Godzillakiryu91 asks:

What seven would that be, and what would decide where an existing Pokemon would get placed?

I knew someone would ask that next.

To be honest it’s not even so much a revision of the current type chart as throwing it out altogether and starting from scratch.  Sort of a “can I just do this completely differently?” thought experiment, which probably has to go along with massive changes to how we do status effects, PP, accuracy, and several other things (including doing away with physical/special).  Pokémon don’t even have types at all, they just have weaknesses and resistances to attack types (of which attacks can have one, two, or even none), and those are assigned case-by-case.  

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vikingboybilly asks:

The canned idea of a BIRD type is starting to grow on me. It would have been GameFreak’s way of differentiating the wind element from all the NORMAL birds in the game, and they wouldn’t have had the NORMAL type on them. This also got me thinking that maybe FISH types would be cool to round out the BIRD and BUG types. Some other ideas: EARTH, SNOW, WOOD, FOSSIL, MAGIC, MUSIC, and of course, LIGHT. I’ve also seen COSMIC on youtube. Feel free to praise or criticize any of my choices.

Well, that’s the thing, I have more of an inclination (unpopular, I think, in the Pokémon community) to reduce the type chart down rather than add more to it.  So I would reject all of those, as well as probably several of the existing types, including Ground, Bug, Flying and Dragon.  I recently thought through this, for no particular reason, and I think you could reasonably cut it down to as few as seven.  So yeah.  I think we’re just coming at this whole thing from opposite directions entirely.

EDIT: The inevitable follow-up question.

vikingboybilly asks:

So there’s debate over what makes a pokémon a dragon type, or a fairy type, or even a normal type, but I’m wondering what GameFreak thinks constitutes a bug-type. At first it seems obvious, but there are anomalous outliers like anorith being bug while kabuto, krabby and corphish are not. Shuckle is a worm; I don’t think of a worm as being a bug. Skorupi loses it’s bug typing for Dark, and if a bug has a secondary typing and grows wings when it evolves, it won’t be a FLYING type.

Well, Shuckle’s not a worm; it’s labelled the “mould Pokémon” so I think it’s probably meant to be more like a slime mould, but that’s hardly a “bug” either.  I’m not sure that I have a good answer for this one.  I think probably their ideas of what “Bug-type” means are more aesthetic than biological.  Crustaceans aren’t Bug-types because they more clearly “belong” in Water.  Anorith not being Water is really odd, because the way Armaldo is portrayed, as one of the first living things to move onto land, seems like it should give a good reason for Anorith to change from Rock/Water to Rock/Bug when it evolves; I think they may have wanted to avoid Rock/Water for the second set of fossil Pokémon, though, since Kabuto and Omanyte had both been Rock/Water.  So I suppose what it seems to be, to me, is “arthropods that don’t obviously belong somewhere else,” with one or two odd extras like Shuckle, who certainly doesn’t seem to belong elsewhere either… Grass, maybe?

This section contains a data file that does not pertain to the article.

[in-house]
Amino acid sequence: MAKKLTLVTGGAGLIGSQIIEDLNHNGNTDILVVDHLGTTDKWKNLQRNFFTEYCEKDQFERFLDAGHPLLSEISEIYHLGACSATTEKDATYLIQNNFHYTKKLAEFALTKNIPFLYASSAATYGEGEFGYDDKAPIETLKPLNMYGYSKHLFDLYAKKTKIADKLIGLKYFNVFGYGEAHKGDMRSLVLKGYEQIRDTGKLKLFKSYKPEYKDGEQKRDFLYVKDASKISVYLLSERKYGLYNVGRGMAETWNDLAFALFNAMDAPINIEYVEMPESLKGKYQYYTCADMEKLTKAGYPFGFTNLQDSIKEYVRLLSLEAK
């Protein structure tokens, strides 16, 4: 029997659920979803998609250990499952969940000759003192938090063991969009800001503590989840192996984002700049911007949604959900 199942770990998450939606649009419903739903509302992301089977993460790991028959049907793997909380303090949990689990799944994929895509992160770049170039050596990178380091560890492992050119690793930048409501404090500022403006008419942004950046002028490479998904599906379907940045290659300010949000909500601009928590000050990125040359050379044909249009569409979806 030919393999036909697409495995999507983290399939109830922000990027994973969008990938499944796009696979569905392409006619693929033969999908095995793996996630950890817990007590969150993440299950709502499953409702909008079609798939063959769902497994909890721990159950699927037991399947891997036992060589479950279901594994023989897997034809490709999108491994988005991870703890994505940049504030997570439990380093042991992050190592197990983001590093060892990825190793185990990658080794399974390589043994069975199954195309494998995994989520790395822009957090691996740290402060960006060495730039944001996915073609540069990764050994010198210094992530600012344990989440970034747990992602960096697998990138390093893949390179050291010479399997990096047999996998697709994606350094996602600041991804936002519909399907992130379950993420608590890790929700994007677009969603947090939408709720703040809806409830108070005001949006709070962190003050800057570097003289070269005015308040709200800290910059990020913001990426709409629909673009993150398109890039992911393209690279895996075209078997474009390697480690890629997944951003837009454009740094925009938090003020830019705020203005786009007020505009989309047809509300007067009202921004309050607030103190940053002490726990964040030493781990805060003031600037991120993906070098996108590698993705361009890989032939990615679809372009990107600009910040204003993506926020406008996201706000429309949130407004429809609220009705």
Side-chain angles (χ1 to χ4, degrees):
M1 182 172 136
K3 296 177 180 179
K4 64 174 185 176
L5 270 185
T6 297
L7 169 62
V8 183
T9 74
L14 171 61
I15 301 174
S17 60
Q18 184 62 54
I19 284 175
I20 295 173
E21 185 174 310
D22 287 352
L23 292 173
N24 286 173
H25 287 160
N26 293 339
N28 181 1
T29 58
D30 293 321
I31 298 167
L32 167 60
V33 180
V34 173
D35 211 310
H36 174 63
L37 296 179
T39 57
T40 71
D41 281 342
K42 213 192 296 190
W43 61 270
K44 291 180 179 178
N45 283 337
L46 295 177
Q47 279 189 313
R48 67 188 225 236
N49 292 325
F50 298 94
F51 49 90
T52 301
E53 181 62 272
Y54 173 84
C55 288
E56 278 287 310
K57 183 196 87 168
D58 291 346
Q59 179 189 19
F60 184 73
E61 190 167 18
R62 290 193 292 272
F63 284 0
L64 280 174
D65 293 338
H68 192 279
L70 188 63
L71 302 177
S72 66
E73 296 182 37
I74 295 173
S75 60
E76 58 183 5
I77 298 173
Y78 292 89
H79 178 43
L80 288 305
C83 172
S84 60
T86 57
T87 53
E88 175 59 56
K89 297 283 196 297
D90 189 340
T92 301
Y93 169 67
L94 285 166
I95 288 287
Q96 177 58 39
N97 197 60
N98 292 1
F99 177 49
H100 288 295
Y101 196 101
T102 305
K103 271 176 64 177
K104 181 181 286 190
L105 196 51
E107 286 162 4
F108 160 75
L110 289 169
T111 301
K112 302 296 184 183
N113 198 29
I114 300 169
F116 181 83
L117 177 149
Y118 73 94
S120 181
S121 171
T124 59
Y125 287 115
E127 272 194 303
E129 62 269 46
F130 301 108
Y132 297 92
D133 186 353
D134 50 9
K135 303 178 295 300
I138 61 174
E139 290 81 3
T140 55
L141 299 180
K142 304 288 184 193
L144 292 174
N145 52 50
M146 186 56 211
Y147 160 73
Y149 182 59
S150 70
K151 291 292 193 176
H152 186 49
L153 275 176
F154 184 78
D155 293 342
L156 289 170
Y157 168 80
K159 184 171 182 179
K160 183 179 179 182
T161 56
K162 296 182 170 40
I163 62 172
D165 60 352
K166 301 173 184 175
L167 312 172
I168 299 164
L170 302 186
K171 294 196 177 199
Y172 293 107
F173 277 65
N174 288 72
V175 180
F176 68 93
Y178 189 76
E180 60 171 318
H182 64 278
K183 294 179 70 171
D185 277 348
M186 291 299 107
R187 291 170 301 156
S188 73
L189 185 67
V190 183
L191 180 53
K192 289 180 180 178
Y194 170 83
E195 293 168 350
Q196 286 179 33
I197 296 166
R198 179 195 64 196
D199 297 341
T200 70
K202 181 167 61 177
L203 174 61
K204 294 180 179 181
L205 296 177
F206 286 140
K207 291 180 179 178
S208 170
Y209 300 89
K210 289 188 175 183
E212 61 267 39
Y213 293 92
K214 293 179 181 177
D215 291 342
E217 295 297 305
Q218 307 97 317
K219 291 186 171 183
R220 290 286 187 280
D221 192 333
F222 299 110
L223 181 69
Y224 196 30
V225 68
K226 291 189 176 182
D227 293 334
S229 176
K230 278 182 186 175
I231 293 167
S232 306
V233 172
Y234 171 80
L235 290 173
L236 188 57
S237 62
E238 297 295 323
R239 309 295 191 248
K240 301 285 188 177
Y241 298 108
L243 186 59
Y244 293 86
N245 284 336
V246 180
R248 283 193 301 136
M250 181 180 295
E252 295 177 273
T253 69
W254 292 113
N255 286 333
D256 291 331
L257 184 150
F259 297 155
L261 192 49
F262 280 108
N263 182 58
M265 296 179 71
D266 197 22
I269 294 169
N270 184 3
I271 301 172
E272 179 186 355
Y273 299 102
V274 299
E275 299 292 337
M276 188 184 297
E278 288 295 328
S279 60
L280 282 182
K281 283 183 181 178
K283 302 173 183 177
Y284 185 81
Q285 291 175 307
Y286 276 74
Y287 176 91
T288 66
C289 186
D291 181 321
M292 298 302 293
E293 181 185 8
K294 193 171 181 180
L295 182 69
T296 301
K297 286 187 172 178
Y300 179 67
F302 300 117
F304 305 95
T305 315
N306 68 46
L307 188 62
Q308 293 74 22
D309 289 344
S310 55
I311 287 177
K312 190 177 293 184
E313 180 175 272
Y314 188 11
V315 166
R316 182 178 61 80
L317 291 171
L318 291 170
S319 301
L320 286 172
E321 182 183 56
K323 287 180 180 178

Anonymous asks:

I know Pokémon’s weaknesses, resistances, and immunities don’t always make sense, but what do you think is the deal with 1) Normal being immune to Ghost but Fighting isn’t, and 2) Steel being immune to Poison and Rock and/or Ground aren’t?

I think the Normal immunity to Ghost attacks comes from a sort of obliviousness to the paranormal.  Ghosts and spirits have no hold over you if you don’t believe they can harm you, and Normal Pokémon are just too normal, too mundane, too out of touch with the supernatural, to know that they should even be scared.  Steel and Poison… well, Rock and Ground do resist Poison attacks, despite not actually being immune to Poison attacks or the poison status, so I think we probably shouldn’t read too much into it.  However, I suppose I would say that what I think they’re implying here is that Steel-types are more divorced from normal Pokémon biology than Rock-types are; Rock Pokémon have layers of anatomy that are in some sense “normal” underneath their silica-based shells, but the bodies of Steel Pokémon are radically different through-and-through at the level of their biochemistry, which makes them invulnerable to ordinary poisons.